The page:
Angel of God, my guardian dear, to whom God’s love commits me here, ever this day, be at my side to light and guard, to rule and guide.


Filed under Angels

5 responses to “O Angel of God, I’m such a coward!

  1. nancyv

    Glad my parents taught me that prayer, and say it morning & evening.
    But Father, why do you say you are a coward? Wait, is it because of the courage to listen to inspirations after asking for them? Me too.
    Thank you for this.

    • Father George David Byers

      Yes, after, because the inspirations are like… whoa!!! My first reaction is to look to my own strength, which doesn’t exist, only after to that of Jesus. Yikes! But, please God, we learn.

  2. elizdelphi

    There is so much truth in these thoughts. The truth about myself is definitely extremely crushing and devastating. Yet, I want to see God; no matter how crushing or terrifying I desire Truth. Jesus has said “I consecrate them in the Truth.”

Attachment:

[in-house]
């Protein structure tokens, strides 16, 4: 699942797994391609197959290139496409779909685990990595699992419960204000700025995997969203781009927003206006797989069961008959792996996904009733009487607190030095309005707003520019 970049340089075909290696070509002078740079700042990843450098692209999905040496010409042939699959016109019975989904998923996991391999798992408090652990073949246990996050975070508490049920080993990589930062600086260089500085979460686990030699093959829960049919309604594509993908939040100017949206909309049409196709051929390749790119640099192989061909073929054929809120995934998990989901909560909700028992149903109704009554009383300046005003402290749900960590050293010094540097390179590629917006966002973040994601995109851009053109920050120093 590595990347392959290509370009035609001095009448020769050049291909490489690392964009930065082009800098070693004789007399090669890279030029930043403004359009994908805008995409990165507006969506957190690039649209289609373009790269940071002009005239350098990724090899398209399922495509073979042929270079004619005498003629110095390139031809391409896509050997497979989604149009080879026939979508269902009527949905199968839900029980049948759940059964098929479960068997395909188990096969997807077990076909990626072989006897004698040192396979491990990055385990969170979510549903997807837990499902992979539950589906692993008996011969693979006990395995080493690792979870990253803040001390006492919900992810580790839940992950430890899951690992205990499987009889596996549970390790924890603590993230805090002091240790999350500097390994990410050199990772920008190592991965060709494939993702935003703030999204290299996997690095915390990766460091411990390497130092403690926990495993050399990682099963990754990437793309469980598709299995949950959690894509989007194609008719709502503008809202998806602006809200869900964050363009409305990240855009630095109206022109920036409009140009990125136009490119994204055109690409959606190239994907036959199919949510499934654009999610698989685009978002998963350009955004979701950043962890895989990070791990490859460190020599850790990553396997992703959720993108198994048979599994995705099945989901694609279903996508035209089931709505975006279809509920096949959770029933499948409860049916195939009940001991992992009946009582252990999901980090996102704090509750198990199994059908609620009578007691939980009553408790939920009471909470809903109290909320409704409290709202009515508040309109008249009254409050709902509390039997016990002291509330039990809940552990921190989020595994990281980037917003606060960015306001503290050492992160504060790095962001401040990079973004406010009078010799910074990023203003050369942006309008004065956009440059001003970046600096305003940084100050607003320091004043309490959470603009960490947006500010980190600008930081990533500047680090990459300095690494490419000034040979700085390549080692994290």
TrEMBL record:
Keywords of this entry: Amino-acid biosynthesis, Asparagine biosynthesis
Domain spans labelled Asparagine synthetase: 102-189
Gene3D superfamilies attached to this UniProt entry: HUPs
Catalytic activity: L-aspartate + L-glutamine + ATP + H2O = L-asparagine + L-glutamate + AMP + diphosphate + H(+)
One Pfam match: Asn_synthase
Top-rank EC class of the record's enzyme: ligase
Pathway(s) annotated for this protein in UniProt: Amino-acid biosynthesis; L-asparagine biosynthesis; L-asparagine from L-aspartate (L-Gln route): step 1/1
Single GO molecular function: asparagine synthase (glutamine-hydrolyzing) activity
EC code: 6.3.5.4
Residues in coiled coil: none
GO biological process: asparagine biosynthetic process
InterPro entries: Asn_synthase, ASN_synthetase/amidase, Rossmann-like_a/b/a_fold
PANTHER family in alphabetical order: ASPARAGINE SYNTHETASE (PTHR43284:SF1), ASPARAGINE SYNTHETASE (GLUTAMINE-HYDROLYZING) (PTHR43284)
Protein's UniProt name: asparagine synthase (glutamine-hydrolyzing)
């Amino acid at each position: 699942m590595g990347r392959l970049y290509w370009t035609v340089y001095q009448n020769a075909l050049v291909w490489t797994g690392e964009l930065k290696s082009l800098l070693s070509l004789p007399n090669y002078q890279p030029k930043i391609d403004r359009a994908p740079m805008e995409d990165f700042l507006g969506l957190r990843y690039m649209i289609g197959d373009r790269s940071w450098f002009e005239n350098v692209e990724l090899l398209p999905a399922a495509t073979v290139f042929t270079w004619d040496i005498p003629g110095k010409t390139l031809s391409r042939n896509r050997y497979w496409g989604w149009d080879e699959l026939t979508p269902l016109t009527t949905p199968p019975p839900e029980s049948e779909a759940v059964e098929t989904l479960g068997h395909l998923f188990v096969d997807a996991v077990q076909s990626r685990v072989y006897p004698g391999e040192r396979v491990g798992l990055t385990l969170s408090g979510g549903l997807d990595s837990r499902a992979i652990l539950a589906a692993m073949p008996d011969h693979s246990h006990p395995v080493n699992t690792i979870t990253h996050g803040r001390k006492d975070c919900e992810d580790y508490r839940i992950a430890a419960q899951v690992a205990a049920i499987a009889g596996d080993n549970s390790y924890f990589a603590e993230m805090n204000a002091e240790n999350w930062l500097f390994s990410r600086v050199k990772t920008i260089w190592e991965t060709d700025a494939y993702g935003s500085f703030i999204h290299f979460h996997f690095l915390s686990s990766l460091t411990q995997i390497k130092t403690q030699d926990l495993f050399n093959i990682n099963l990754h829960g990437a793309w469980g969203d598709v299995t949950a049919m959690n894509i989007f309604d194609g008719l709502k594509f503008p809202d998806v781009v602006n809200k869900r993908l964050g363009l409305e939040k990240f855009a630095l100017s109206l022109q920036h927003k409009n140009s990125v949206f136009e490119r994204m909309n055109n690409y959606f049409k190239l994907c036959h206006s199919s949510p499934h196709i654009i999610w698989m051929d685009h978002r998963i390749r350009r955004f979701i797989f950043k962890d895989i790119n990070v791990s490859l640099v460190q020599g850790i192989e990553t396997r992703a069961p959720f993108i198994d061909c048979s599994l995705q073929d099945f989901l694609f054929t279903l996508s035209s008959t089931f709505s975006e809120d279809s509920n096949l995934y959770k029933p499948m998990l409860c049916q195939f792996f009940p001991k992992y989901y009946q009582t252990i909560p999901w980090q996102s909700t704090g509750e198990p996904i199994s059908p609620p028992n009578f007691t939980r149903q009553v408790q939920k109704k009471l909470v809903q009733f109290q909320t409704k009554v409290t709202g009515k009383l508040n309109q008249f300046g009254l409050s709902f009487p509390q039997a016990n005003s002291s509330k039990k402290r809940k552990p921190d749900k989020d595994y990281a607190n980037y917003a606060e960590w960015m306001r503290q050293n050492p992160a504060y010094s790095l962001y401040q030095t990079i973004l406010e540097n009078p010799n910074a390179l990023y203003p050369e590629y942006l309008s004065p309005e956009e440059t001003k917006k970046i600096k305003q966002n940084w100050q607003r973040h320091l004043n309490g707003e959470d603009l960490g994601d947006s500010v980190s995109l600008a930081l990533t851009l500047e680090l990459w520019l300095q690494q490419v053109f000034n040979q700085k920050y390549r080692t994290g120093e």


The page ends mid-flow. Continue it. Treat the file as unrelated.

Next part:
I think one of the problems with me is if the demons are attacking me I can figure out sooner or later they are demons, and if the angels are helping me I think the good thoughts are my own! Under their good influence and Fr George’s I have remembered more lately to be thankful for God’s mercy.

  3. sanfelipe007

    I was at a point in my life where I could no longer “deal” with a sibling who had already been kicked out of the households of all our other siblings (so many chances!). Even I had thrown this “black sheep” out, once before; this would make a second time.

    We had a great argument about the setting of the AC (thermostat) and I wrathfully gave the order to “leave and vacate.” I left our abode in a fury, but immediately realized (the smacking down) that my feelings of futility were, in fact, a failure of charity of my part. Once i accepted this “realization,” I fell to my knees on the lawn and asked the Lord for guidance saying, “I know this is my fault, I don’t know what to do! Tell me what to do, Lord, and I will do it!” the tears flowed.

    My contrite and earnest prayer was answered by God through my Guardian Angel who gave the answer to me: I will describe the experience as best I can.

    My sadness left me immediately, like a child’s fear of abandonment upon hearing his mother’s voice*, crossed with seeing the postman walking up to your door with a much anticipated package.